Having visited Utrecht a few weeks ago, I felt that it was my turn to stand up and save James’s bacon. I mentioned two new PhD theses that are worth looking into.
Bastiaan Heeren recently defended his thesis Top Quality Type Error Messages. There are some fairly compelling examples of strange type errors that GHC can give to relatively innocent programs. Rather than fixing the order of unification, Bastiaan argues that the type checker should first collect all the necessary constraints and subsequently try to solve them. Type errors become more precise and can be scripted by users. A lot of the ideas have been implemented in the Helium compiler, which is definitely worth checking out.
Atze Dijkstra will be defending his thesis in a few weeks. He wrote a large incrementally developed type system for a rather large subset of Haskell. During the process of coding, he implemented several interesting tools. The Ruler tool is essentially a domain specific language for describing type systems. It allows different views of typing rules and incremental specification of complex type systems. The ruler tool itself generates both an attribute grammar implementation and specification of the type rules. Although there are no soundness checks, the tool itself works nicely enough and has actually been used to describe rather large type systems.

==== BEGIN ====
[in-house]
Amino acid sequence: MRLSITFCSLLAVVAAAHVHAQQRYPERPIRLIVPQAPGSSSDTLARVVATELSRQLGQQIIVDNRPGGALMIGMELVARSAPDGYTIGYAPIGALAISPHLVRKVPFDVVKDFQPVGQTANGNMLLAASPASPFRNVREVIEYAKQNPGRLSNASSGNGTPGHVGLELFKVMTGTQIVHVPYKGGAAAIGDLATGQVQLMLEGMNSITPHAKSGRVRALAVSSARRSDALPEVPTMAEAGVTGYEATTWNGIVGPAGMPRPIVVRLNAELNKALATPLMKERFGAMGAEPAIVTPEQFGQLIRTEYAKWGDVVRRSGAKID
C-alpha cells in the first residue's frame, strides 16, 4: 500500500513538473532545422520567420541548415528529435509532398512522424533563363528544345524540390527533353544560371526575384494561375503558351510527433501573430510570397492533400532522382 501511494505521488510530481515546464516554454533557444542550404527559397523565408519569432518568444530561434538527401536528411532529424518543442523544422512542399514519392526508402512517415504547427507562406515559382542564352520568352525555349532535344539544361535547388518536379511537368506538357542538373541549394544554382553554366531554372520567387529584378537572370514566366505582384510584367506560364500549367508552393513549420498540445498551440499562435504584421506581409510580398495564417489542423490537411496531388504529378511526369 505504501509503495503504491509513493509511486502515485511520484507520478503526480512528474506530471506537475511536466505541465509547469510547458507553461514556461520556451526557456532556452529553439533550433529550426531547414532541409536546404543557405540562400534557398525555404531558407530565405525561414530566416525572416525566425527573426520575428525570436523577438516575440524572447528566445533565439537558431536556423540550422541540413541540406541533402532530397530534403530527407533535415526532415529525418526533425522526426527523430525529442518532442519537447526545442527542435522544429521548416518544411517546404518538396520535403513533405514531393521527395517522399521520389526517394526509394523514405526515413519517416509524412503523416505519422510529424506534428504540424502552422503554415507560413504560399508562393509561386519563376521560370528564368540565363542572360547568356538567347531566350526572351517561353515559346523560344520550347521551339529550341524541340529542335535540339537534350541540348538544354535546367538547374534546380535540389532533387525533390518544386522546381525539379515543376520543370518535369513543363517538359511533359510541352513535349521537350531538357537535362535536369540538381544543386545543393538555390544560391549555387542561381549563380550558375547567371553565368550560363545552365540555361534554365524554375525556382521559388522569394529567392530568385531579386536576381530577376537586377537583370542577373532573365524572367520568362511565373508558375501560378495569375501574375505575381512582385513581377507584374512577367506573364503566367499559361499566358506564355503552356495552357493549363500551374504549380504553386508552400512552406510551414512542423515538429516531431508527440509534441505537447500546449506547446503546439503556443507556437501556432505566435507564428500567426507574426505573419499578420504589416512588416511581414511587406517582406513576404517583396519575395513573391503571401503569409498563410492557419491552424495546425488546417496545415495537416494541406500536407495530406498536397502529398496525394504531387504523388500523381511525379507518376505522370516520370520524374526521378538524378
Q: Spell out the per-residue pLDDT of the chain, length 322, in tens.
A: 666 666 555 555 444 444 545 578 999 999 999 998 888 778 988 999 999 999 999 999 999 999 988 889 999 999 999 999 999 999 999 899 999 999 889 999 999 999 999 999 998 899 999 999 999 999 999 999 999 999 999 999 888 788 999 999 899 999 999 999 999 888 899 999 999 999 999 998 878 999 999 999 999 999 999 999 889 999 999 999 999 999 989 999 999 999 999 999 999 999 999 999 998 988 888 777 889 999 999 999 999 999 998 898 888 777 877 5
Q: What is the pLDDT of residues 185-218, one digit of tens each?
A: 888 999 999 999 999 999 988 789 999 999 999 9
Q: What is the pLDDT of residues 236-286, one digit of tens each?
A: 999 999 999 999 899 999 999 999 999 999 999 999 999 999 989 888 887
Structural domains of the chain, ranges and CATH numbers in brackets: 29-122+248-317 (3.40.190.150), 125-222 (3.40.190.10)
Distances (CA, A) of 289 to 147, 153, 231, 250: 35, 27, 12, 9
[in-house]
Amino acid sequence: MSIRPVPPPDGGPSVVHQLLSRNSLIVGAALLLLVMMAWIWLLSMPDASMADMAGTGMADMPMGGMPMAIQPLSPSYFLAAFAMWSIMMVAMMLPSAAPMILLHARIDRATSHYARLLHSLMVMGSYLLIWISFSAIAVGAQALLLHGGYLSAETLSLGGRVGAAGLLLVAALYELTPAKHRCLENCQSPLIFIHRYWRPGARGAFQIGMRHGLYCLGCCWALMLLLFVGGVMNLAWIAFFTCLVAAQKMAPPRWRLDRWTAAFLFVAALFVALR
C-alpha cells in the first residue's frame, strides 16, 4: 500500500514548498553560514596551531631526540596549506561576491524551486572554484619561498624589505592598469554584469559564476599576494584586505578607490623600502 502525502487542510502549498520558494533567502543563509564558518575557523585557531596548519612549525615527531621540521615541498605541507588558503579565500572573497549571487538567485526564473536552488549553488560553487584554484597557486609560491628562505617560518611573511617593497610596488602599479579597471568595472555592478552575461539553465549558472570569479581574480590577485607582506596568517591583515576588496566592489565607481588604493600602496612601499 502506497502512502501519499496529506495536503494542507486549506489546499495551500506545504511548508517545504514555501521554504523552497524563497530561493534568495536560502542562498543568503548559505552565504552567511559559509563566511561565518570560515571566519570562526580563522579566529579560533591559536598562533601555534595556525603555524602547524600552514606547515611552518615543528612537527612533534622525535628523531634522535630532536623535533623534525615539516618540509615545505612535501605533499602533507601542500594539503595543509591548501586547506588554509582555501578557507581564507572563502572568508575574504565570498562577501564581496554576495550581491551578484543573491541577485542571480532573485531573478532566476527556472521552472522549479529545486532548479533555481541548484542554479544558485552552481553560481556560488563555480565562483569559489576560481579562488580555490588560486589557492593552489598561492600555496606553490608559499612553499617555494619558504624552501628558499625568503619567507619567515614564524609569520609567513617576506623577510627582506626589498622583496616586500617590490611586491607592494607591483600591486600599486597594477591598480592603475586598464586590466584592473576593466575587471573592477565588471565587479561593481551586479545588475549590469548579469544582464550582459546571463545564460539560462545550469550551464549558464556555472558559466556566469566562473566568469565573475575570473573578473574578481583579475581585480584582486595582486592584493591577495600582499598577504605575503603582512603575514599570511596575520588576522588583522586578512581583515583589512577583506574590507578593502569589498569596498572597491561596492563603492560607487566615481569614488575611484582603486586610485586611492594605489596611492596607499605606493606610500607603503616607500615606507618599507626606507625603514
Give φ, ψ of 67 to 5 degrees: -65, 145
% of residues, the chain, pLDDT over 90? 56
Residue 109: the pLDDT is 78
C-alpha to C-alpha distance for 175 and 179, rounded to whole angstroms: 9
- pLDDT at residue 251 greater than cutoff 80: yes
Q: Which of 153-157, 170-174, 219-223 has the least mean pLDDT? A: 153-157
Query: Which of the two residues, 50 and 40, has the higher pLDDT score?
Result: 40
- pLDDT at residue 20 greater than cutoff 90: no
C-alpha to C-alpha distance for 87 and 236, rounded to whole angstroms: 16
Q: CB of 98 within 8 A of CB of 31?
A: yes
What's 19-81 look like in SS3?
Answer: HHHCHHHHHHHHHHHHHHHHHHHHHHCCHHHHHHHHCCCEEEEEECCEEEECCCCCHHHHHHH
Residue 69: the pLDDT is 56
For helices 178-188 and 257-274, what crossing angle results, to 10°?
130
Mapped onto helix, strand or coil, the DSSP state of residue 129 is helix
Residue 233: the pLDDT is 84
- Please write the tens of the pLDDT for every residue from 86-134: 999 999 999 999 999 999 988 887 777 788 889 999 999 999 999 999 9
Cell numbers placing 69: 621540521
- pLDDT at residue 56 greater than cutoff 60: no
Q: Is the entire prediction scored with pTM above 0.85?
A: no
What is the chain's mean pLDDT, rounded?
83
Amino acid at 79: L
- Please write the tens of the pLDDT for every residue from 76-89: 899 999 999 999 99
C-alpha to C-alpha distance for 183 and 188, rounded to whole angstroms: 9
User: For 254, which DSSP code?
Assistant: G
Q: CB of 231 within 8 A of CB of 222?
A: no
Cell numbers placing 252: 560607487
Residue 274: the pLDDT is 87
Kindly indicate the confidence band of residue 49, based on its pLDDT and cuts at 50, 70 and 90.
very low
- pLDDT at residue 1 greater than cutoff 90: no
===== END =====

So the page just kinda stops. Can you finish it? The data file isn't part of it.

As an encore, I outlined Ulf Norell’s winning submission to the succ-zero-th Obfuscated Haskell contest.